He was last seen on the nest, looking perfectly healthy, on Friday evening, April 27, at around 6 PM. Since then, he has completely disappeared, and sadly, we have to start accepting that a serious mishap has befallen him - most likely some kind of injury or poison. As we well know, this nest is surrounded by highly trafficked city streets, but though several of us have prowled around for the past three days looking in all the areas where the hawks hang out, we have found no sign of him.
What does this mean for the three eyasses? They now only have one parent to keep them warm and protected on the nest, as well as to provide the ever-increasing amounts of food needed to fuel their prodigious growth rate.
Fortunately, the weather here in Philadelphia is warm, and now that the eyasses are a week or more old, their thermo-regulatory systems are starting to kick in and they will be able to generate body warmth when the formel is off the nest hunting for food.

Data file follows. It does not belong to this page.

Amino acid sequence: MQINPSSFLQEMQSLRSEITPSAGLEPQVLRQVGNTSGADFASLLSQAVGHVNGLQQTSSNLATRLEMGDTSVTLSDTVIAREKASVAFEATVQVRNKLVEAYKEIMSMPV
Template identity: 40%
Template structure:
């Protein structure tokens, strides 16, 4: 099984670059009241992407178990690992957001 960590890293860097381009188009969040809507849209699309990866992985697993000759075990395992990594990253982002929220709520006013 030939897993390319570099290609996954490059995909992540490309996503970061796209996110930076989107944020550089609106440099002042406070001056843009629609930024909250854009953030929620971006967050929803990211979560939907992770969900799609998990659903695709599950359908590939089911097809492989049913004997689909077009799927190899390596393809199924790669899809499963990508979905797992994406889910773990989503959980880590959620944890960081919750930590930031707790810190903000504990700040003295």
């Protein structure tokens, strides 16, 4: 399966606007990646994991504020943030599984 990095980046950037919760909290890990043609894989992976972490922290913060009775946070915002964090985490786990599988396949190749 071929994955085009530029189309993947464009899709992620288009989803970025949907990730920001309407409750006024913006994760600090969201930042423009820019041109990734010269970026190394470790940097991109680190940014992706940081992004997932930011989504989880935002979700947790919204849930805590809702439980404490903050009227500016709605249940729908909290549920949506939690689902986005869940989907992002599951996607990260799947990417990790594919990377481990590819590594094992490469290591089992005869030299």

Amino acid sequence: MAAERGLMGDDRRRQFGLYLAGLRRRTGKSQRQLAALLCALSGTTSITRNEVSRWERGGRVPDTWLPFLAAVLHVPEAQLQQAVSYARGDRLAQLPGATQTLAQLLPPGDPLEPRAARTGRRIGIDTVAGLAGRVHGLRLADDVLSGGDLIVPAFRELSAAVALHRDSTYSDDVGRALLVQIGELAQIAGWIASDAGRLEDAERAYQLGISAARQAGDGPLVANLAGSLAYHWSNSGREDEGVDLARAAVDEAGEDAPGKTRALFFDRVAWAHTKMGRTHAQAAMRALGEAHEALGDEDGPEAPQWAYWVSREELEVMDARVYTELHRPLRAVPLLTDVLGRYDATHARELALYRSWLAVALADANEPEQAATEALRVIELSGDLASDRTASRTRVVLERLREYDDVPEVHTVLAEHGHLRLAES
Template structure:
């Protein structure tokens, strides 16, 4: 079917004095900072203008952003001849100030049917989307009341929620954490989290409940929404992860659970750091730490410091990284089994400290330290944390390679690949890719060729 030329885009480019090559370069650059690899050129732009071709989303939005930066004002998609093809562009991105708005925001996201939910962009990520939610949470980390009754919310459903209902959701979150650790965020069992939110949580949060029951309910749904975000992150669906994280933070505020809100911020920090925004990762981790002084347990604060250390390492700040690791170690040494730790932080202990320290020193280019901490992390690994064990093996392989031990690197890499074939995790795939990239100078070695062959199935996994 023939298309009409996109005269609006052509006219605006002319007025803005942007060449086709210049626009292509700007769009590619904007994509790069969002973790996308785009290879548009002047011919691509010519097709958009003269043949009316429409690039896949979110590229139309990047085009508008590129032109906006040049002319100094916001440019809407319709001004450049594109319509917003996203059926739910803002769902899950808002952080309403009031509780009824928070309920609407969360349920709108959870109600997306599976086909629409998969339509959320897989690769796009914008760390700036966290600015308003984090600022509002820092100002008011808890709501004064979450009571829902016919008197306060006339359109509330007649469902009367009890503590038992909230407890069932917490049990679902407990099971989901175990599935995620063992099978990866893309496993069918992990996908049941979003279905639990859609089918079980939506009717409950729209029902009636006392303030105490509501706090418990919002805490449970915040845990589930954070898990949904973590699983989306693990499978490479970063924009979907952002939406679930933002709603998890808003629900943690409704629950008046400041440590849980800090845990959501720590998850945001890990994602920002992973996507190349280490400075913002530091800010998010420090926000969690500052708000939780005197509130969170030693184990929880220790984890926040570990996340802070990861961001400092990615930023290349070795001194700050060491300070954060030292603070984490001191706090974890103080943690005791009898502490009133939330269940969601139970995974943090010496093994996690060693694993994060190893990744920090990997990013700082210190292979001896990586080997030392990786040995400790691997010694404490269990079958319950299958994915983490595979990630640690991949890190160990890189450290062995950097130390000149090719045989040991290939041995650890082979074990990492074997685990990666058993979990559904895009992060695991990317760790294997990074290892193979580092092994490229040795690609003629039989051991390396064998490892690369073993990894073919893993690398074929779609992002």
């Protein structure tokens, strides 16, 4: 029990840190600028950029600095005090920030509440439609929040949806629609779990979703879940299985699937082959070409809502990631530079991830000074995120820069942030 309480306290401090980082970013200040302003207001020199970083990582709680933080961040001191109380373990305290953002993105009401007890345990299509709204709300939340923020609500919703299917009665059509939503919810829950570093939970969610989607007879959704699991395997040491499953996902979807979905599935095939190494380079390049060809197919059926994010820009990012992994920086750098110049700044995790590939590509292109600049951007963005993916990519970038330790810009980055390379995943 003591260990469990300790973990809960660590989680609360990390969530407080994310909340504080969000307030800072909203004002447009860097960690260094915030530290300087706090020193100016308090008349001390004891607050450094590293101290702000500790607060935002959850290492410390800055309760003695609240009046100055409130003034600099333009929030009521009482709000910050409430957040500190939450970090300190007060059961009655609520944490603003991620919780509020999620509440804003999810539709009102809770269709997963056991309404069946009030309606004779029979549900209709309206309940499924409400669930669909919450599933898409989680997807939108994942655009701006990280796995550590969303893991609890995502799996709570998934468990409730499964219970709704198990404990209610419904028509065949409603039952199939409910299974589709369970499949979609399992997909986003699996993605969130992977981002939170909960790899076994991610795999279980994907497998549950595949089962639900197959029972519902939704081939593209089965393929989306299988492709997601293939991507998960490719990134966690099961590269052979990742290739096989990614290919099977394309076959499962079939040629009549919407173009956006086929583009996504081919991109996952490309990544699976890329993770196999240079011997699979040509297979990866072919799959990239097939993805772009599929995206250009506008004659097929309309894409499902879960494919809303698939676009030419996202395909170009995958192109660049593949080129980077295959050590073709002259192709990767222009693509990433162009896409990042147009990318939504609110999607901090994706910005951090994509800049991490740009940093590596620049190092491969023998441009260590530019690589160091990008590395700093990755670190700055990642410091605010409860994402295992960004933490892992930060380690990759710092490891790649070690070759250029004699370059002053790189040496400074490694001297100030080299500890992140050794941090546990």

So far, she is doing a magnificent job of providing food for them, even though she is somewhat out of hunting shape after her weeks of sitting incubating the eggs. All three eyasses are active, alert, and eating well. Kay Meng took these pictures on Monday afternoon, April 30.
#3 in the middle here, at two days younger than the other two, is still noticeably smaller but always seems to get to the front of the line eventually for its share of food.
... but he soon gets back in the game.
The formel is doing a fine job of keeping the pantry full of small, furry mammals - mostly rats, mice and voles.
The eyasses eat at full throttle. As fast as she can rip off the meat, they reach up and grab it from her beak.
Occasionally, the reach exceeds the grasp, and the piece is simply too large to go down.
When this happens, the formel will reach down, and gently pull the large chunk back out...
... re-size it, and start over.
They eat until their crops are just about bursting.
Meanwhile, though the formel faces enormous challenges to raise these eyasses on her own, she seems to be doing really well so far.
This picture of the tiercel was taken on April 20, the day before the first eggs hatched this year.